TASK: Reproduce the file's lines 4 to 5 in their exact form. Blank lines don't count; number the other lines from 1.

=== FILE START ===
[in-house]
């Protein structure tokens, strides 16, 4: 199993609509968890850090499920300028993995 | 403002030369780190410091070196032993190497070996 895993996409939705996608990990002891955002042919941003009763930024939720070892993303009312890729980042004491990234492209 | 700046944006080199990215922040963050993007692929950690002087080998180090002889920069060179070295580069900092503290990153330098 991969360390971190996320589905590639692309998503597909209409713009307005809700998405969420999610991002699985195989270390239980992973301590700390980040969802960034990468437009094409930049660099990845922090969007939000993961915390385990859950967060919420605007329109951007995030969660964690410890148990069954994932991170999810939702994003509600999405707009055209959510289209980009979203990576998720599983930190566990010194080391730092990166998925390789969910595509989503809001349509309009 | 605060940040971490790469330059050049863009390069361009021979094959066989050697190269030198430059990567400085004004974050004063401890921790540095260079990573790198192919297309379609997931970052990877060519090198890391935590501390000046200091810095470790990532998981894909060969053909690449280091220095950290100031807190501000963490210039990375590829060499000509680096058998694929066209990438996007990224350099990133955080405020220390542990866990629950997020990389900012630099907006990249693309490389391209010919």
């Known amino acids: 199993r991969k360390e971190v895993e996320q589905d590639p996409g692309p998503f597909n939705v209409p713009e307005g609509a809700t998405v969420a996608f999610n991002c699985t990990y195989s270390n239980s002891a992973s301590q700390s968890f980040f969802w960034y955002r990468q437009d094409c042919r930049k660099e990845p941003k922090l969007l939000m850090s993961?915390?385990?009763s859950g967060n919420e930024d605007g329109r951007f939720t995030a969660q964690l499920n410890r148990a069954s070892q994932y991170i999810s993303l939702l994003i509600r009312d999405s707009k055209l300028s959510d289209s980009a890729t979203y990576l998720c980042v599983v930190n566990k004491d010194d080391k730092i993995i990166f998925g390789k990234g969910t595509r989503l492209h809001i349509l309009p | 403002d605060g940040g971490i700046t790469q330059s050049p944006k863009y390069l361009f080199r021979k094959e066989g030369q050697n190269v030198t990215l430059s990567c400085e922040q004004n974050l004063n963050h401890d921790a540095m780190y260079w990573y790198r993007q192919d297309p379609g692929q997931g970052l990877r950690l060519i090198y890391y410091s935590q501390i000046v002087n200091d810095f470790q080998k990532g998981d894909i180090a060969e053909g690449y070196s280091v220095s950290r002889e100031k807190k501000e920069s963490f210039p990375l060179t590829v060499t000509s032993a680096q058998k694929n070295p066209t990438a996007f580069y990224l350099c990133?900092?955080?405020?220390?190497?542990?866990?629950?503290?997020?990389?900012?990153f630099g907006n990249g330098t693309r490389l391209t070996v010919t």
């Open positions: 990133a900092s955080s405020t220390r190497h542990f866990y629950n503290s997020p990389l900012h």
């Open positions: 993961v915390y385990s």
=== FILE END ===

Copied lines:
């Open positions: 990133a900092s955080s405020t220390r190497h542990f866990y629950n503290s997020p990389l900012h």
């Open positions: 993961v915390y385990s």